An international marketing agency has opened a representative office in Moscow, making up its staff with, not only local employees, but also foreign specialists. However, mutual understanding has not fully developed within the collective, and conflicts have arisen threatening to ruin its projects, and the planned financial targets have not been met.
A Russian consultancy company examined the situation and came to the conclusion that the root of the problem was the difference in working styles. The Russian employees were used to working at a fairly low level of intensity, paying no attention to productivity targets, only then, when time to carry out the set tasks had almost run out, to speed up abruptly, suddenly accomplishing a great deal, and working very hard for several days with hardly a break at all, even on public holidays. Western specialists are brought up with a different culture of productivity: they do their work in a methodical manner in complete accordance with a timetable which has been clearly set out.
To overcome these problems, the “Effective Team Cooperation” programme was employed. The programme was adapted to the problems which had developed within the company, with the emphasis on the smoothing over of the inter-cultural differences.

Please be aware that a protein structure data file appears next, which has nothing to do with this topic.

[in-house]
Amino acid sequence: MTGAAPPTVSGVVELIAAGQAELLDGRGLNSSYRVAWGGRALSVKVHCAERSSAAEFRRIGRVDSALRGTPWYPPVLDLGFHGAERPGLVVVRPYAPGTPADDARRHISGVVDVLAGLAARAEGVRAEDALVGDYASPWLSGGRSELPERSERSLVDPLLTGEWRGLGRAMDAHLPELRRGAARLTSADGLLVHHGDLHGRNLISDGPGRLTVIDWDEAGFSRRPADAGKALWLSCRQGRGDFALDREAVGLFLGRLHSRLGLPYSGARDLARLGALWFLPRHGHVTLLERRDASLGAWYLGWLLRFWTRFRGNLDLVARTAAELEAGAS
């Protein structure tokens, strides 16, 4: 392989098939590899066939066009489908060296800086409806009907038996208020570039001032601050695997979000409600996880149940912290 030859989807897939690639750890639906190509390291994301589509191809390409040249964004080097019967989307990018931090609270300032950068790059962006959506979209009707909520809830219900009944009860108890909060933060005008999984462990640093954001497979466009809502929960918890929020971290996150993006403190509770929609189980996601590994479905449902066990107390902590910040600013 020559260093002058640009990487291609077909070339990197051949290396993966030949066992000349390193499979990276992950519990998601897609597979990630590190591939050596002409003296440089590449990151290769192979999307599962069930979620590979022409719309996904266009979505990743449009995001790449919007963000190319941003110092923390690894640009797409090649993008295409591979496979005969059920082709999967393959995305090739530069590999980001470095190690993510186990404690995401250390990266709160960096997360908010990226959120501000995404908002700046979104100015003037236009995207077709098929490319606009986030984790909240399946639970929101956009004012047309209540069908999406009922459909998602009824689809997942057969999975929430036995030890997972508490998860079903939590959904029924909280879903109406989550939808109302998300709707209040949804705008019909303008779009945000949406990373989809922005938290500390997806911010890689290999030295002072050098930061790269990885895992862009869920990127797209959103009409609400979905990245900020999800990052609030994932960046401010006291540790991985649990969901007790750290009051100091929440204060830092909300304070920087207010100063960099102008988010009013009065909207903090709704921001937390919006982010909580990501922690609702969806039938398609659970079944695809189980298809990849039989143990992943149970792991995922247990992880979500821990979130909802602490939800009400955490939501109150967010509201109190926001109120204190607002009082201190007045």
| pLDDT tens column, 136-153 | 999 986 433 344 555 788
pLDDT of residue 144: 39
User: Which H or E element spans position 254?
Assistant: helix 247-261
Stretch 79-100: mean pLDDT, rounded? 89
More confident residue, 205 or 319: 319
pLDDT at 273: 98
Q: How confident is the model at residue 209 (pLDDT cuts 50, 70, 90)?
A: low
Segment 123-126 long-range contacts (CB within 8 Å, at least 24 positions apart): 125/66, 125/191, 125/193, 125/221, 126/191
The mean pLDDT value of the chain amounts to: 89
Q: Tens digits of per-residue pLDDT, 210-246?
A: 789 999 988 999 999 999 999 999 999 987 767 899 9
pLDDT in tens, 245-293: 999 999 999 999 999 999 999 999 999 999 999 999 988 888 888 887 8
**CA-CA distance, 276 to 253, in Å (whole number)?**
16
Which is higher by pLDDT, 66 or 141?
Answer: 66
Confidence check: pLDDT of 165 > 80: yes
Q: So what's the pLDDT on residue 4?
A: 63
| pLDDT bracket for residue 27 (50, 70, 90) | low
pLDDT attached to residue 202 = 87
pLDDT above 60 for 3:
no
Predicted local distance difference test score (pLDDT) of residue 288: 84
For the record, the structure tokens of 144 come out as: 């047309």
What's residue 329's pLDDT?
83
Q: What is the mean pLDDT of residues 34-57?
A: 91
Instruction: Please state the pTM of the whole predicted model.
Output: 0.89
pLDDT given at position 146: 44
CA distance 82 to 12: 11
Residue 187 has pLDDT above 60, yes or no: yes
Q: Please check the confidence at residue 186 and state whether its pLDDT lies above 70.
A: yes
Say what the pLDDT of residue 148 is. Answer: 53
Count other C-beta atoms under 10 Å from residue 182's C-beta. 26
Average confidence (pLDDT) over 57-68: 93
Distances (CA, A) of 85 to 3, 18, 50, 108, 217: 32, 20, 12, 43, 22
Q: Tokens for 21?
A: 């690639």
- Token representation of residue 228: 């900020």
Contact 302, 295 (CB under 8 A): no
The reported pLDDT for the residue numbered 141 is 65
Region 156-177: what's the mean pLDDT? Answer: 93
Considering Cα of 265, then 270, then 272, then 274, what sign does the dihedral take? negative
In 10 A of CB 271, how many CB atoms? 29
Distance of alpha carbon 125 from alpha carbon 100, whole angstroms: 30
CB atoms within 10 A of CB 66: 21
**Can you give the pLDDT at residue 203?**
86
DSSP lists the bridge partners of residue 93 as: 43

The following tasks were singled out as priorities: to get the employees to focus on attaining the company’s overall aim, to build trust-based relationships within the team, and to raise the level of objectivity in self-appraisal and the appraisal of colleagues. The programme was implemented with the help of a series of one-day team-building corporate events with game-playing tasks to be performed. The atmosphere in the collective quickly improved, and the employees of different cultural backgrounds learned how better to understand one another. Their differences, of course, did not disappear, but now played a constructive, rather than destructive, role.